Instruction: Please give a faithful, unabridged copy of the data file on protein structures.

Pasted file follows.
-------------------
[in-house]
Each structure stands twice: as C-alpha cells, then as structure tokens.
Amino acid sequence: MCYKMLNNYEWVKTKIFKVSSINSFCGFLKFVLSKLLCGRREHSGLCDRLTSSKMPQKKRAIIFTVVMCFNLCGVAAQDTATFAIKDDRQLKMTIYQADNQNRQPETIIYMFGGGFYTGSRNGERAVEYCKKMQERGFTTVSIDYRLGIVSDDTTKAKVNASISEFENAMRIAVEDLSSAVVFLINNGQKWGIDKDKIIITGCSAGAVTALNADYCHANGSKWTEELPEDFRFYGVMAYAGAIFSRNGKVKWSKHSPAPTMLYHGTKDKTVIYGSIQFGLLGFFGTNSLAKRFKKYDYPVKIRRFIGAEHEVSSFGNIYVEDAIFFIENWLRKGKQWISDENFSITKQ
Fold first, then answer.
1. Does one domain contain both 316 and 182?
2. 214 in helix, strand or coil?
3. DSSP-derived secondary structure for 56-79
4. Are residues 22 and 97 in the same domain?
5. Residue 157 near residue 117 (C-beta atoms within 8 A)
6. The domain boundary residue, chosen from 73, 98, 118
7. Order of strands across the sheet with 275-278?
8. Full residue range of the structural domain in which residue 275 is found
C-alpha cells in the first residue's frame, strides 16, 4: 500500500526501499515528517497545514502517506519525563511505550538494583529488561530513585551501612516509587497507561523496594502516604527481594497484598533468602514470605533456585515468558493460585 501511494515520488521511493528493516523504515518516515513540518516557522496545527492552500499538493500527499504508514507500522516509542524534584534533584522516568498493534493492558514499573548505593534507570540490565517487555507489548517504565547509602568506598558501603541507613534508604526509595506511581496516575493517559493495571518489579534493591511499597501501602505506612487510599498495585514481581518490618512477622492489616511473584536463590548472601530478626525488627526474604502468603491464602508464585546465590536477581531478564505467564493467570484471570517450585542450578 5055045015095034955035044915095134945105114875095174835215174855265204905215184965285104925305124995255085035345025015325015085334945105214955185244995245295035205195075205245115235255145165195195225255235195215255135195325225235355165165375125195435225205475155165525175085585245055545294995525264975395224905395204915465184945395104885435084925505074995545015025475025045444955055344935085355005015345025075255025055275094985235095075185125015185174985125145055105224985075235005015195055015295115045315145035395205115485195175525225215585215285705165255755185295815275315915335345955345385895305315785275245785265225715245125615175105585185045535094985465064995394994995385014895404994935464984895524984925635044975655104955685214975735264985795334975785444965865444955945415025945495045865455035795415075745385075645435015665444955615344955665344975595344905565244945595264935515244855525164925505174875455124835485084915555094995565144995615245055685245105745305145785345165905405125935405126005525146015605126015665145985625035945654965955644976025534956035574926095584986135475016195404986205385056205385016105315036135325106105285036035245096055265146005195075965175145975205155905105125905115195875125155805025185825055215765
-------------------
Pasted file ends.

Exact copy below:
[in-house]
Each structure stands twice: as C-alpha cells, then as structure tokens.
Amino acid sequence: MCYKMLNNYEWVKTKIFKVSSINSFCGFLKFVLSKLLCGRREHSGLCDRLTSSKMPQKKRAIIFTVVMCFNLCGVAAQDTATFAIKDDRQLKMTIYQADNQNRQPETIIYMFGGGFYTGSRNGERAVEYCKKMQERGFTTVSIDYRLGIVSDDTTKAKVNASISEFENAMRIAVEDLSSAVVFLINNGQKWGIDKDKIIITGCSAGAVTALNADYCHANGSKWTEELPEDFRFYGVMAYAGAIFSRNGKVKWSKHSPAPTMLYHGTKDKTVIYGSIQFGLLGFFGTNSLAKRFKKYDYPVKIRRFIGAEHEVSSFGNIYVEDAIFFIENWLRKGKQWISDENFSITKQ
Fold first, then answer.
1. Does one domain contain both 316 and 182?
2. 214 in helix, strand or coil?
3. DSSP-derived secondary structure for 56-79
4. Are residues 22 and 97 in the same domain?
5. Residue 157 near residue 117 (C-beta atoms within 8 A)
6. The domain boundary residue, chosen from 73, 98, 118
7. Order of strands across the sheet with 275-278?
8. Full residue range of the structural domain in which residue 275 is found
C-alpha cells in the first residue's frame, strides 16, 4: 500500500526501499515528517497545514502517506519525563511505550538494583529488561530513585551501612516509587497507561523496594502516604527481594497484598533468602514470605533456585515468558493460585 501511494515520488521511493528493516523504515518516515513540518516557522496545527492552500499538493500527499504508514507500522516509542524534584534533584522516568498493534493492558514499573548505593534507570540490565517487555507489548517504565547509602568506598558501603541507613534508604526509595506511581496516575493517559493495571518489579534493591511499597501501602505506612487510599498495585514481581518490618512477622492489616511473584536463590548472601530478626525488627526474604502468603491464602508464585546465590536477581531478564505467564493467570484471570517450585542450578 5055045015095034955035044915095134945105114875095174835215174855265204905215184965285104925305124995255085035345025015325015085334945105214955185244995245295035205195075205245115235255145165195195225255235195215255135195325225235355165165375125195435225205475155165525175085585245055545294995525264975395224905395204915465184945395104885435084925505074995545015025475025045444955055344935085355005015345025075255025055275094985235095075185125015185174985125145055105224985075235005015195055015295115045315145035395205115485195175525225215585215285705165255755185295815275315915335345955345385895305315785275245785265225715245125615175105585185045535094985465064995394994995385014895404994935464984895524984925635044975655104955685214975735264985795334975785444965865444955945415025945495045865455035795415075745385075645435015665444955615344955665344975595344905565244945595264935515244855525164925505174875455124835485084915555094995565144995615245055685245105745305145785345165905405125935405126005525146015605126015665145985625035945654965955644976025534956035574926095584986135475016195404986205385056205385016105315036135325106105285036035245096055265146005195075965175145975205155905105125905115195875125155805025185825055215765